Illinois Farm Bureau wants to help farmers who raise hogs better understand Illinois Environmental Protection Agency (IEPA) livestock rules, whether those rules apply to their farms and related best management practices.
The most recent version of IEPA’s livestock rules took effect in August 2014.
Question: Do the regulations apply to my hog farm?
Answer: That depends on several factors. First, does your hog farm meet both parts of an Animal Feeding Operation (AFO) definition?
- A lot or facility where hogs have been, are or will be confined and fed or maintained for at least 45 days in any 12-month period.
- No vegetation, including crops, forage or crop residue, is sustained during a normal growing season on any part of the lot or facility.
In most Illinois situations where hogs are raised, the farm likely will meet the AFO definition, and IEPA rules apply to AFOs.
Next, determine if an AFO meets the definition of a Concentrated Animal Feeding Operation (CAFO). The actual number of hogs – not facility capacity – is one factor.
A farm would be defined as a large CAFO if it confines 2,500 or more pigs weighing at least 55 pounds, or 10,000 or more pigs weighing less than 55 pounds on a single site. If a farm has both sizes, the pigs aren’t added together; the determination hinges on whether one group or the other meets the threshold.
A farm would be defined as a medium CAFO if it discharges pollutants into a water of the U.S. and meets a size threshold. Those thresholds are: 750 to 2,499 hogs weighing 55 or more pounds, or 3,000 to 9,000 pigs weighing less than 55 pounds.
When determining if there are any discharges, a farmer must consider the entire production area, including manure storage, feed storage and dead animal composting.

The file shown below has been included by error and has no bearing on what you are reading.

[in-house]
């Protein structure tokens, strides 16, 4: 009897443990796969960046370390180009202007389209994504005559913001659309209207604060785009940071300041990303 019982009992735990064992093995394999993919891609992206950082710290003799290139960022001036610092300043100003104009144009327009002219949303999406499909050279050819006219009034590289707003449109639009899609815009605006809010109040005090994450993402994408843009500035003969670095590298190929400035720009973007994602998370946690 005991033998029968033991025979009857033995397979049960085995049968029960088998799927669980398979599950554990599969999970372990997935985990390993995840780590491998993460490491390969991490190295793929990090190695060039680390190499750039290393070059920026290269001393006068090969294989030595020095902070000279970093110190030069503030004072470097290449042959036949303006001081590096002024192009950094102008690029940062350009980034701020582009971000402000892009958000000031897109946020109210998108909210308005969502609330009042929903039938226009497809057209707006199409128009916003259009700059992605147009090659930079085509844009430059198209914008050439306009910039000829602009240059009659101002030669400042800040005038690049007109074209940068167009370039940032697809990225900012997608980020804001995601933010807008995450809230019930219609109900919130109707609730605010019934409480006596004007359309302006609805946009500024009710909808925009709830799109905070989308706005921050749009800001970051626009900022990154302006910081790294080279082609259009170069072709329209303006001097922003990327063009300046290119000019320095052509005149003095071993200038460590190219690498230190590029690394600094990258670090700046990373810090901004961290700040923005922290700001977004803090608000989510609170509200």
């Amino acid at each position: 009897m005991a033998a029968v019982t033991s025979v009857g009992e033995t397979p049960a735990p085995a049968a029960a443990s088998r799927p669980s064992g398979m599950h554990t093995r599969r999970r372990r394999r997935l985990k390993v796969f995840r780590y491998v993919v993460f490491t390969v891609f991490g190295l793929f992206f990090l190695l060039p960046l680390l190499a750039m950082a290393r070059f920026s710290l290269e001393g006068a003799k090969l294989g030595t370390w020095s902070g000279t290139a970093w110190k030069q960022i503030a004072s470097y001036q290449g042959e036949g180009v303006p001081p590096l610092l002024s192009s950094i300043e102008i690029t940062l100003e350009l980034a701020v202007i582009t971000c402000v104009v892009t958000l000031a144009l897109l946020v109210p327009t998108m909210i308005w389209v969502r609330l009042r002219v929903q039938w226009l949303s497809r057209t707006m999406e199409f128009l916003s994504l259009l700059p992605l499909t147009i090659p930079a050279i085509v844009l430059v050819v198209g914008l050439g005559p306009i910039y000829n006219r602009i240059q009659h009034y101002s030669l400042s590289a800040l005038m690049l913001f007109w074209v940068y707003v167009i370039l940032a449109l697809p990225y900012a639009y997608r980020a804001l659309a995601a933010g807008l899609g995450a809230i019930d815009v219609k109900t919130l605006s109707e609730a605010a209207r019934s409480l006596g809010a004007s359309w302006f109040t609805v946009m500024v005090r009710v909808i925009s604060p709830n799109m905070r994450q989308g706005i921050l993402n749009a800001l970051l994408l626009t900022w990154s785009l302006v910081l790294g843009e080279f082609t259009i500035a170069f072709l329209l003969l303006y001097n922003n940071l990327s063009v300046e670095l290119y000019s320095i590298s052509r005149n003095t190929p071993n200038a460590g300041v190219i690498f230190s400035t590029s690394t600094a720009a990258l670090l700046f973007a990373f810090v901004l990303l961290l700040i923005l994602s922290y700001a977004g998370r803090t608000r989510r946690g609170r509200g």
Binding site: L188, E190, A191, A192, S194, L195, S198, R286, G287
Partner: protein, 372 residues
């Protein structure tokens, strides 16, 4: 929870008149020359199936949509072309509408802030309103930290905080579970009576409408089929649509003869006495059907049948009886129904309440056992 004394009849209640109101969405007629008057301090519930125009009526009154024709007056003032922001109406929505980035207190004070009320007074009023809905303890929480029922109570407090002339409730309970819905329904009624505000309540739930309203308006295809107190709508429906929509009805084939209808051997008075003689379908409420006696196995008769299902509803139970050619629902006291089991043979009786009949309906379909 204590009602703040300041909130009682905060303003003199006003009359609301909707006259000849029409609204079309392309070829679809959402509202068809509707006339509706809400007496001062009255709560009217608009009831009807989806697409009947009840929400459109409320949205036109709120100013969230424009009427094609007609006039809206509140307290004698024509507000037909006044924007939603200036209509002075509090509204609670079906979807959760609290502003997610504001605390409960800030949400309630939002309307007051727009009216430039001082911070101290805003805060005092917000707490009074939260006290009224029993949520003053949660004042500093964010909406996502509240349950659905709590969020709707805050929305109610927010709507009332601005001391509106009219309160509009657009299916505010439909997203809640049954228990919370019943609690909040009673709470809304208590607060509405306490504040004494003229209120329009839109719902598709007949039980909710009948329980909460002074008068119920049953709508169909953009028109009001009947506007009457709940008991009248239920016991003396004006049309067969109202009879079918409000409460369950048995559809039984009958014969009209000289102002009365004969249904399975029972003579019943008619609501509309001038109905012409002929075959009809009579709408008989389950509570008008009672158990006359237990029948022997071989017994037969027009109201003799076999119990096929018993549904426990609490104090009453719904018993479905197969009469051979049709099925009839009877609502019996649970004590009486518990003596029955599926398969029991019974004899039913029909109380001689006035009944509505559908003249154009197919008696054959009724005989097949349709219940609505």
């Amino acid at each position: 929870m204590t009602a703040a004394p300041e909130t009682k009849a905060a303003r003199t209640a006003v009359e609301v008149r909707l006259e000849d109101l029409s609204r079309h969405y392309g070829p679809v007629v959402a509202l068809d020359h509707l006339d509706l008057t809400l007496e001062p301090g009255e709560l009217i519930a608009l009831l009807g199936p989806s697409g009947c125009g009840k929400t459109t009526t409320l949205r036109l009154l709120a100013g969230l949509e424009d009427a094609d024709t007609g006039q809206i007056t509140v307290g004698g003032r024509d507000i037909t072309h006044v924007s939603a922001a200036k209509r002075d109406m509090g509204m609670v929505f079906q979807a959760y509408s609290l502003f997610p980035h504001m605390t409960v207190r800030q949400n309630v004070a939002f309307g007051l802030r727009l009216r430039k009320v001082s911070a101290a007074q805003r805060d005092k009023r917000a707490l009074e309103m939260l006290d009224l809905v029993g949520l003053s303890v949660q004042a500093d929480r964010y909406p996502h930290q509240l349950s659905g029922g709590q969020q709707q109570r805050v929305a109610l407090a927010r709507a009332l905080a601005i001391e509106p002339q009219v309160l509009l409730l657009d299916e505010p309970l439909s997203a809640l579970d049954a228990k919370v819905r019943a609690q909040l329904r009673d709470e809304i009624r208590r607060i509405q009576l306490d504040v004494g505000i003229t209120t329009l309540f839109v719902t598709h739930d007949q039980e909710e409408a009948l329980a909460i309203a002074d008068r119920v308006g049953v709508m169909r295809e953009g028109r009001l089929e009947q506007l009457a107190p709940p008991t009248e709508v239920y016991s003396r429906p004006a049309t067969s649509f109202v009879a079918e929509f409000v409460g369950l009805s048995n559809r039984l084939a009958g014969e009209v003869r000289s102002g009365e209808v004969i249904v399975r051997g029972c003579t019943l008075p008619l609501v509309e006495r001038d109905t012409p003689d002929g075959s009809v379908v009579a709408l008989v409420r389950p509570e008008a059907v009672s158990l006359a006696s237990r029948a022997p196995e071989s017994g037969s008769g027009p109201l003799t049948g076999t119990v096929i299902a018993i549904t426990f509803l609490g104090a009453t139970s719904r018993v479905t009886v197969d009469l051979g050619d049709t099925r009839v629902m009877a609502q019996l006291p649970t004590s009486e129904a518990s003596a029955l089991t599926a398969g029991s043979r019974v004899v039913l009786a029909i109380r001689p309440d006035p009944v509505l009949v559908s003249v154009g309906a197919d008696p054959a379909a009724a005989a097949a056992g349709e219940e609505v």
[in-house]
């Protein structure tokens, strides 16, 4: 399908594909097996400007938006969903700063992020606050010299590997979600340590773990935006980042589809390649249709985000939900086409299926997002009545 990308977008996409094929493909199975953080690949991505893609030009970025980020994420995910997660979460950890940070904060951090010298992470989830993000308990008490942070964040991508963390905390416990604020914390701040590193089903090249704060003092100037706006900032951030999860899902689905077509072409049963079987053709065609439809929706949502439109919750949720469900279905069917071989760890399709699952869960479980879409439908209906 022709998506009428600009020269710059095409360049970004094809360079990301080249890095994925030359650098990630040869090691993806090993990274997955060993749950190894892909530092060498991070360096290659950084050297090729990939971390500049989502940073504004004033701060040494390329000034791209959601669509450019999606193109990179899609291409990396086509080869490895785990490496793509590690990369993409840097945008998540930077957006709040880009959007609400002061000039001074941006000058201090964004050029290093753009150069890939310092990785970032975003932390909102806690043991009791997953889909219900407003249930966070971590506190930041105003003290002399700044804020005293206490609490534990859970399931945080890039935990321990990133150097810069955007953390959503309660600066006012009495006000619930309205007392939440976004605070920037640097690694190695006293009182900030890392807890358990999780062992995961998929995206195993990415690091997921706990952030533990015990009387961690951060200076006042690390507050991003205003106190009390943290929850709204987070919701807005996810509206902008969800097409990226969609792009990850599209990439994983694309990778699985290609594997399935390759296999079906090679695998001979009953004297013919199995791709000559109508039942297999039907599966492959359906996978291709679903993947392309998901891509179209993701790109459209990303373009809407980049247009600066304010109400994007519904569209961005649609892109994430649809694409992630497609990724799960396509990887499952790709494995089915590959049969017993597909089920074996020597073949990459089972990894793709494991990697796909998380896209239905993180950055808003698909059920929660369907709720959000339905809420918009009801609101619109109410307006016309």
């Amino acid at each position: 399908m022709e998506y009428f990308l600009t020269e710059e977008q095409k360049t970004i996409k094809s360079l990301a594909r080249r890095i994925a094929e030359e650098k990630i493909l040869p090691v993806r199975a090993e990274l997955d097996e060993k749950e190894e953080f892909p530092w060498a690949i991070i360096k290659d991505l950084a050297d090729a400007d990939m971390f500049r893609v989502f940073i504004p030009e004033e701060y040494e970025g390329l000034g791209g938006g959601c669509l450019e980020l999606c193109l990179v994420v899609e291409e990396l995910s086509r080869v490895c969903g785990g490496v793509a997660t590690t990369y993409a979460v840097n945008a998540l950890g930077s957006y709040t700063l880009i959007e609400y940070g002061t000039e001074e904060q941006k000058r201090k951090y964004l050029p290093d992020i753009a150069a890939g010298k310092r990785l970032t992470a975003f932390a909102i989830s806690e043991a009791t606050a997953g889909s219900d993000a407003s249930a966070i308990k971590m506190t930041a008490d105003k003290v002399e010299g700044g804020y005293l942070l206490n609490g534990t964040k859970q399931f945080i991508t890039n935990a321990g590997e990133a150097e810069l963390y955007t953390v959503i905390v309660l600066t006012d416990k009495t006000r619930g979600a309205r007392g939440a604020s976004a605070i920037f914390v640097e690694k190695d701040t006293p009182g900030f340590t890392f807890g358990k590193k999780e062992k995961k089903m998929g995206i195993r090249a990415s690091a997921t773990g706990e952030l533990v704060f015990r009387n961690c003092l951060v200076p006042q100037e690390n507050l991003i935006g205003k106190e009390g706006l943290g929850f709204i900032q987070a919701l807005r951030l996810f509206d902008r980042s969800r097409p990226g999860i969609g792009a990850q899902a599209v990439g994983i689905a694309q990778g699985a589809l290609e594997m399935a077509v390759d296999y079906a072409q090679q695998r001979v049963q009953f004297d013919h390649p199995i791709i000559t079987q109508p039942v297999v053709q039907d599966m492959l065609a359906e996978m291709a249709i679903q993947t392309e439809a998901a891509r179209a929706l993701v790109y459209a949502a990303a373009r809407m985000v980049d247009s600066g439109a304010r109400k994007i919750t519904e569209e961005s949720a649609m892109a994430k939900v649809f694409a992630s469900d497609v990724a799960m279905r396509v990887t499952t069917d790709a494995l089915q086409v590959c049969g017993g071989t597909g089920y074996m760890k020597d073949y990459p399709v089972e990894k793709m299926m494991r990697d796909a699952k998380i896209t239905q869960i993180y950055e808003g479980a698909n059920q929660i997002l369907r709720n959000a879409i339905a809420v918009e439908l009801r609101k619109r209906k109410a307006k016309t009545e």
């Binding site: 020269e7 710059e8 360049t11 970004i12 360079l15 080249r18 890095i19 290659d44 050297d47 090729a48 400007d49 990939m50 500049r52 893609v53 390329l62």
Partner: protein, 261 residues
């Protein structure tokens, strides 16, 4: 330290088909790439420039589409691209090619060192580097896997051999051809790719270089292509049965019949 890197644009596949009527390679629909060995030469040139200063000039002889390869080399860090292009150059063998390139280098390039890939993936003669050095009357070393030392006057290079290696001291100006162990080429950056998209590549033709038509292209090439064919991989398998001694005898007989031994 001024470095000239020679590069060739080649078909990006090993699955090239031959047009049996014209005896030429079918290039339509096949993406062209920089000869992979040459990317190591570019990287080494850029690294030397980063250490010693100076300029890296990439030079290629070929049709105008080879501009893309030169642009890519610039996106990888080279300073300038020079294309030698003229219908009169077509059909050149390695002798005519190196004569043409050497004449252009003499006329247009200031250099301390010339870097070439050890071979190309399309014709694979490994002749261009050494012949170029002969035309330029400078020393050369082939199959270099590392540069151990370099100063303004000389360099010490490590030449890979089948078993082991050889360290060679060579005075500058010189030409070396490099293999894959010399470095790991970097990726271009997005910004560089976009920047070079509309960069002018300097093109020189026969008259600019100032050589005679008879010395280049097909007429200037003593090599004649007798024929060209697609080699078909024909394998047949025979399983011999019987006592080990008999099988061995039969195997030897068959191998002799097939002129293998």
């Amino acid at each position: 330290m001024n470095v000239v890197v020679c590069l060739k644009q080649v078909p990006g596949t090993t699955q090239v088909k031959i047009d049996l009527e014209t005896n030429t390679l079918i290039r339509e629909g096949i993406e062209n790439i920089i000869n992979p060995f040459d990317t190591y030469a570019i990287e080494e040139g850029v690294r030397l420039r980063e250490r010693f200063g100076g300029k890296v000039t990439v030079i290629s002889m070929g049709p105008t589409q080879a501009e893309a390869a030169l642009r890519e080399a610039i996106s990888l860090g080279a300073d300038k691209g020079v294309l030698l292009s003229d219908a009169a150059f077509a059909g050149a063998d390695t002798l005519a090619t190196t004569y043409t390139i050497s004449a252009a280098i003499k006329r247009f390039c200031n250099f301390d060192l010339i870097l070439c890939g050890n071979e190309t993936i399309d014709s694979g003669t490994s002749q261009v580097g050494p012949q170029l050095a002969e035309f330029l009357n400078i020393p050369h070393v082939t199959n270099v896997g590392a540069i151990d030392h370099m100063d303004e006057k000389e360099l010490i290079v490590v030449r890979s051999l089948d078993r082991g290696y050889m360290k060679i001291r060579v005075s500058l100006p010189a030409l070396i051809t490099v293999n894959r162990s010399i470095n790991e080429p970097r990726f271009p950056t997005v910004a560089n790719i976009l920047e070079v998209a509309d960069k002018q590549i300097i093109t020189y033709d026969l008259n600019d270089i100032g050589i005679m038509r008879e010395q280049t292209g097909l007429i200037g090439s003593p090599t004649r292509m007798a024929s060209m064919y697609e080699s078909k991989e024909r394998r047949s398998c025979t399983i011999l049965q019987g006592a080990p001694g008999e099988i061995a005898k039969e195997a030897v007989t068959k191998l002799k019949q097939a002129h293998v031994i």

A farm would be defined as a small CAFO if it meets either threshold and a discharge definition. The size thresholds are: up to 749 hogs weighing 55 or more pounds, or up to 2,999 pigs weighing less than 55 pounds.
IEPA must conduct an on-site investigation to determine if a small AFO makes significant pollutant contribution to waters of the U.S. On a case-by-case basis, a small AFO may be given an opportunity to correct any problem that might cause a discharge.
Common ownership is another factor that may influence whether a farm meets a CAFO definition. If a farmer, partnership, company or corporation owns more than one site with confined hogs, consider if those sites meet IEPA’s definition of a single AFO.
IEPA would consider two or more AFOs under common ownership as a single entity if the sites are adjacent to each other, or use a common area or system for handling or disposing of manure.
IEPA lacks an official definition of adjacent, but likely scenarios include barns located in close proximity, sharing a common border, across the road from each other or sharing a contiguous parcel of land.
Examples of common manure handling include transfer and storage of manure from one facility several miles from another one and spreading of manure from separate farms on the same field.
Q: Where do I go for more information?
A: The Illinois Agricultural Coalition, which includes IFB, Illinois Beef Association, Illinois Milk Producers’ Association and Illinois Pork Producers Association, developed resource guides available in swine, beef and dairy editions. The guides clarify and simplify IEPA rules and identify best management practices.
For more information or to obtain a free resource guide, email Lauren Lurkins, IFB director of natural and environmental resources, at email@example.com.
Q: If the regulations apply to me, is it easy to understand or do I need to hire someone?
A: Lurkins said the Swine Resource Guide is a good first step to help farmers become familiar with the rules, but does not take the place of hiring an engineer consultant or an attorney.